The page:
Introduction: Whether homocysteine lowering by B vitamins can reduce cognitive decline in Alzheimer disease and vascular dementia patients is unclear.
Methods and materials: 140 subjects with mild to moderate Alzheimer disease or vascular dementia were randomly assigned to take 1 mg of methylcobalamin and 5 mg of folic acid, or placebo once daily for 24 months. The primary outcome was Mattis dementia rating scale (MDRS). Secondary outcomes were MDRS domain scores, neuropsychiatric inventory and Cornell scale for depression in dementia. Measurements were performed at baseline and every six months during the study. Fasting plasma tHCY concentrations were measured at baseline and month 18.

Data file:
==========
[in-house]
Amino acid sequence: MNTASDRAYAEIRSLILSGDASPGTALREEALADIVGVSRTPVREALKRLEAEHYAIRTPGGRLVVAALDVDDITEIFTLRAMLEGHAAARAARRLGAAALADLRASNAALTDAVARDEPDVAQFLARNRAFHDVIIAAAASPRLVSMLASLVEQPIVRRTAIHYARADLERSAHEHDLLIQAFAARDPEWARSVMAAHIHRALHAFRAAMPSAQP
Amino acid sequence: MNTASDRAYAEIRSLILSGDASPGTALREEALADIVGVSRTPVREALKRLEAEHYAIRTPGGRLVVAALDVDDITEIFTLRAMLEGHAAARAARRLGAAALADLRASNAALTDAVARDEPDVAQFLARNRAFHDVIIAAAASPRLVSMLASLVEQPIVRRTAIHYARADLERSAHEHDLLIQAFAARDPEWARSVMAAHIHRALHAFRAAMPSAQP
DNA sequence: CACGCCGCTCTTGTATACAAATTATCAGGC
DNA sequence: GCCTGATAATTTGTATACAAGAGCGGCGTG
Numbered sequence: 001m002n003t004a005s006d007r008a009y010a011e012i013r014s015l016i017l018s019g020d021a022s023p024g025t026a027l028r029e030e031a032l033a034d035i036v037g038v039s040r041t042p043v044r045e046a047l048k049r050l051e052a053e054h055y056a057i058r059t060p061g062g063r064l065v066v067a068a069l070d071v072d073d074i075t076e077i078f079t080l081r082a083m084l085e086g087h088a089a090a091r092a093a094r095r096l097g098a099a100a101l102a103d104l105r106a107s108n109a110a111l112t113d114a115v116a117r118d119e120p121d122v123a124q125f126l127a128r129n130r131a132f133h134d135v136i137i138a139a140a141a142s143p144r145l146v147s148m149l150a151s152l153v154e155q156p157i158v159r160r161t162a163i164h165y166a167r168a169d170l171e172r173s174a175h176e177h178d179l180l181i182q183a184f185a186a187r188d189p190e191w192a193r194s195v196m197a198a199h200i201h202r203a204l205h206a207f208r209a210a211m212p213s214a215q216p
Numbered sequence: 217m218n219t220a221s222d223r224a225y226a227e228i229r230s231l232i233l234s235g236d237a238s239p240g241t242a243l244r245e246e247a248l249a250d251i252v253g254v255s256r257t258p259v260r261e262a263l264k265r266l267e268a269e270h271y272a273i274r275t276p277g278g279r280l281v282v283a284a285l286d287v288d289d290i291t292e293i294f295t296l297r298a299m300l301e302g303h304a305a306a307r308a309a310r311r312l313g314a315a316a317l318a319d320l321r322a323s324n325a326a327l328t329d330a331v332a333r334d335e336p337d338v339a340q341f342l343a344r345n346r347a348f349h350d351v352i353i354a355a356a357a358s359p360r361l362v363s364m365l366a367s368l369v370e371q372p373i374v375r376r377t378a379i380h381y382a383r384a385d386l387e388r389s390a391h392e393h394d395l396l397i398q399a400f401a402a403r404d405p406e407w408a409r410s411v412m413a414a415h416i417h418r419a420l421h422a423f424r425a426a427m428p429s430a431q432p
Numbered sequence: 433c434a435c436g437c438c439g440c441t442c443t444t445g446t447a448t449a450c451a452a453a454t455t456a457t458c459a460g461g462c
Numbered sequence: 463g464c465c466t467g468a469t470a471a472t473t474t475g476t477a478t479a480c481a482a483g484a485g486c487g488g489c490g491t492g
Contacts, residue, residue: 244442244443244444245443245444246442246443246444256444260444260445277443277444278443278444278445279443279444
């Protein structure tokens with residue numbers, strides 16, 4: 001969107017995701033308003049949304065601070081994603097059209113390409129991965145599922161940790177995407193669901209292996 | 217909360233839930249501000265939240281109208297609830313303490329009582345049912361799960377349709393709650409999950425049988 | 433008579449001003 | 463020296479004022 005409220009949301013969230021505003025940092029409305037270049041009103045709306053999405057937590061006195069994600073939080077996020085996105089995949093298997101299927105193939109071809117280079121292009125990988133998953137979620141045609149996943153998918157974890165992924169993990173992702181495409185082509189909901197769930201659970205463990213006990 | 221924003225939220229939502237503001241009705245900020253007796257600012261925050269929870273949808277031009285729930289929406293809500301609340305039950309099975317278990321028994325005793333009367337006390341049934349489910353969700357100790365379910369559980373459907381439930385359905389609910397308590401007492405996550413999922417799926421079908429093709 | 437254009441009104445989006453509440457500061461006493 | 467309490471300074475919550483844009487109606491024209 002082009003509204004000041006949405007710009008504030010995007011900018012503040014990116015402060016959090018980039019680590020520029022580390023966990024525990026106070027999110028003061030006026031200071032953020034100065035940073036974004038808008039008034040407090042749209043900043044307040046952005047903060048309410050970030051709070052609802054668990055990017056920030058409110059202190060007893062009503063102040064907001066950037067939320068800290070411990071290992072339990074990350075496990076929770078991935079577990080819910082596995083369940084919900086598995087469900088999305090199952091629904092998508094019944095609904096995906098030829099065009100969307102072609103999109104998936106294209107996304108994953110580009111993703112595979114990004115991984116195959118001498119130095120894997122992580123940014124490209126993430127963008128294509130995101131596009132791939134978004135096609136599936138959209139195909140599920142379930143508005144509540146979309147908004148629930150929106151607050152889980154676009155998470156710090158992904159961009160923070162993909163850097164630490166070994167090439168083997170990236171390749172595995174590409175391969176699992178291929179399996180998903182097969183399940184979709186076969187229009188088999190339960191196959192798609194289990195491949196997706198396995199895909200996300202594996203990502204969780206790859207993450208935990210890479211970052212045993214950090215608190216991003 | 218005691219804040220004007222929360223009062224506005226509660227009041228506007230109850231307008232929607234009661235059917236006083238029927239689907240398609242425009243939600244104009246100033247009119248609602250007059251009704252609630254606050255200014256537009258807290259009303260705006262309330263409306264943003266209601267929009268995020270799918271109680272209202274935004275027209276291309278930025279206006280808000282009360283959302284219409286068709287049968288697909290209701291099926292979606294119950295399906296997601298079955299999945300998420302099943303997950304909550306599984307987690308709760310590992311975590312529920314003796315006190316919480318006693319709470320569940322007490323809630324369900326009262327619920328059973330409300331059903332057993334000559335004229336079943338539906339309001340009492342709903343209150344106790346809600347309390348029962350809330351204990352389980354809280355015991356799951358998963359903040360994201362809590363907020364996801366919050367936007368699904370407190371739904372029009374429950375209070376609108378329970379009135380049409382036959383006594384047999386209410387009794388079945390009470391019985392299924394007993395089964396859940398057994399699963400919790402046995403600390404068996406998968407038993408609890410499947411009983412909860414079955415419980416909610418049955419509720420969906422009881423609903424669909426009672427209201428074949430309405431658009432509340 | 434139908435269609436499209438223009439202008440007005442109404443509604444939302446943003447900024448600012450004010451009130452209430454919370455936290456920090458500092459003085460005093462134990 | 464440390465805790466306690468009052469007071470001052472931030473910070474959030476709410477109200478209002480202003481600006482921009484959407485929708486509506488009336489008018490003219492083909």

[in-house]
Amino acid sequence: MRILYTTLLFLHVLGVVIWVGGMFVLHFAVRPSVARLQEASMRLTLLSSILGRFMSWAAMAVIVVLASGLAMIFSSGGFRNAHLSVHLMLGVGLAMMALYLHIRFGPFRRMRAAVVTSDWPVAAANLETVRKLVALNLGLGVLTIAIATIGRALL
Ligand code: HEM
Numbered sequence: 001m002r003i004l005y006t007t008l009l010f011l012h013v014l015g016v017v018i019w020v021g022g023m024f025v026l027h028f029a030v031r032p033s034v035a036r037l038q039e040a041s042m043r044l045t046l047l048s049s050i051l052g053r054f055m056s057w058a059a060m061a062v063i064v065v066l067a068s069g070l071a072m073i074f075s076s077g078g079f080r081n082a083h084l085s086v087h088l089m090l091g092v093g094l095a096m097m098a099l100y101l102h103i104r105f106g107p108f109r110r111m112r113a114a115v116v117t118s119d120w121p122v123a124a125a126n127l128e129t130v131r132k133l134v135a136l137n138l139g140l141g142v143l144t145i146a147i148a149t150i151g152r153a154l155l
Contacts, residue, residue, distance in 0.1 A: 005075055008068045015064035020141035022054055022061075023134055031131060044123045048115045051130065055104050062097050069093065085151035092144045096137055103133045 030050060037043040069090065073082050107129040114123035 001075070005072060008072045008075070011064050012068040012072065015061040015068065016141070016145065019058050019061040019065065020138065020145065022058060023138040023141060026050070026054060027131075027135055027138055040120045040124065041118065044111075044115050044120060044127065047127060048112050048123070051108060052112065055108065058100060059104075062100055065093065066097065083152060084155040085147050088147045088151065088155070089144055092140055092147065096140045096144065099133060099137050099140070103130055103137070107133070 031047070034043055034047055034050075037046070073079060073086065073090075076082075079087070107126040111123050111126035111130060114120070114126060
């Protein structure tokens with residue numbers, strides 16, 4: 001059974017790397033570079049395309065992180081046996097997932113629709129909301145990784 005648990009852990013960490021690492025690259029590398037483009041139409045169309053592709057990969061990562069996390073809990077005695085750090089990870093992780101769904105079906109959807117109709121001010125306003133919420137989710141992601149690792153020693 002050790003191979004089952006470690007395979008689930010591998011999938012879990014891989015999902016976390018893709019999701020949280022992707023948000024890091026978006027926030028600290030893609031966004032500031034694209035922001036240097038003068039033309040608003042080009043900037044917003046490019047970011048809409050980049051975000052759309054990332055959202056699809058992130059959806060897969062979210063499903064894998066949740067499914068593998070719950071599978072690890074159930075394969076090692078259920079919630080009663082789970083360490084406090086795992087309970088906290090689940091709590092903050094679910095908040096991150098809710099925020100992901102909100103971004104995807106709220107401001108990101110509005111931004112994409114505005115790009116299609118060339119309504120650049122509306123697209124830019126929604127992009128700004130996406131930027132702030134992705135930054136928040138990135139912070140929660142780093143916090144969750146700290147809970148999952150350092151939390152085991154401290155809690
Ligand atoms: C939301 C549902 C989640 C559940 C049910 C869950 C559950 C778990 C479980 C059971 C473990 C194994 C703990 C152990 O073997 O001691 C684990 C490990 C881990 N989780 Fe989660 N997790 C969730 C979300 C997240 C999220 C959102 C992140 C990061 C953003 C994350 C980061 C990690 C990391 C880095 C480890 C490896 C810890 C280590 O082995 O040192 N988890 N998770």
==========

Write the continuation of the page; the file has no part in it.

Results: Trial groups were well matched in baseline characteristics. The average plasma tHCY concentration of subjects was 14.1 ± 3.8 μmol/L. 80% of subjects completed the trial. The supplement group had average plasma tHCY reduced to 9.3 ± 2.7 μmol/L. There was no significant group difference in changes in any of the neuropsychological scores, but among those with elevated plasma tHCY (>13 μmol/L), the decline in MDRS (construction domain) was significantly smaller in the supplement group (median 0 versus 2 points in placebo group, P = 0.003).
Conclusion: Homocysteine lowering in dementia patients did not significantly reduce global cognitive decline.
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